Global Alliance against Female Genital Mutilation works toward FGM eradicationListen /
According to the UN Population Fund (UNFPA) female genital mutilation has been around since the time of the pharaohs. FGM, as it is called, is a procedure that intentionally alters or causes injury to the female genital organs for non-medical reasons, reports the World Health Organization (WHO). The procedure can cause severe bleeding and problems urinating, and later cysts, infections and infertility. Complications in childbirth and an increased risk of newborn deaths are also known to have occurred. The non-governmental organization Global Alliance against Female Genital Mutilation wants to put an end to FGM. Gerry Adams spoke to Holger Postulart and Elisabeth Wilson, co-founders of the Global Alliance, about the organization's activities, particularly its efforts to involve men.
Maternal shelters reduce child mortality rates in Kenya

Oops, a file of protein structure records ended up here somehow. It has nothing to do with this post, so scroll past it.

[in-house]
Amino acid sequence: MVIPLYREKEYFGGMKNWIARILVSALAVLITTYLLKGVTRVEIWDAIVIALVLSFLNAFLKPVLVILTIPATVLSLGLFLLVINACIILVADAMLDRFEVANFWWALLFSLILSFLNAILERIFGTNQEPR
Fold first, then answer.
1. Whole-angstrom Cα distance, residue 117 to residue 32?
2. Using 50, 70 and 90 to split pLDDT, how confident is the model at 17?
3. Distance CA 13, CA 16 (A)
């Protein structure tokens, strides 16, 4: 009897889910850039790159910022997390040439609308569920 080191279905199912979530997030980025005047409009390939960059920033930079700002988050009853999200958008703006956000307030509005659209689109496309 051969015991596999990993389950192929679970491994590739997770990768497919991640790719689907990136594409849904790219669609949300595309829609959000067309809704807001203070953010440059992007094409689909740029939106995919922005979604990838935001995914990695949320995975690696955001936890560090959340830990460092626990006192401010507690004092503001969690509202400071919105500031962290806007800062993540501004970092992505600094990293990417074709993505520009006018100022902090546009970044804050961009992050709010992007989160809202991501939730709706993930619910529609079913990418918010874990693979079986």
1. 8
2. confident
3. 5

The world cheered when it was announced that global child mortality rates had fallen by nearly half over the past two decades: from more than 12 million a year in 1990 to 7.6 million in 2010.
Still, thousands of children die every day before even making it to their fifth birthday. To ensure that infants and toddlers everywhere get the chance to grow up in a healthy way, countries have been mobilizing efforts to slash child mortality rates even further. Dianne Penn reports about an example from Kenya, where maternal shelters are part of the strategy to keep newborns and mothers safe.
Violence against women reaching alarming proportions: Special Rapporteur
The killings of women, whether in the family, the community, or perpetrated by the state, are reaching alarming proportions, according Rashida Manjoo, the UN Special Rapporteur on violence against women. Gerry Adams reports.
Presenter: Geraldine Adams
Assistant Producer: Beng Poblete-Enriquez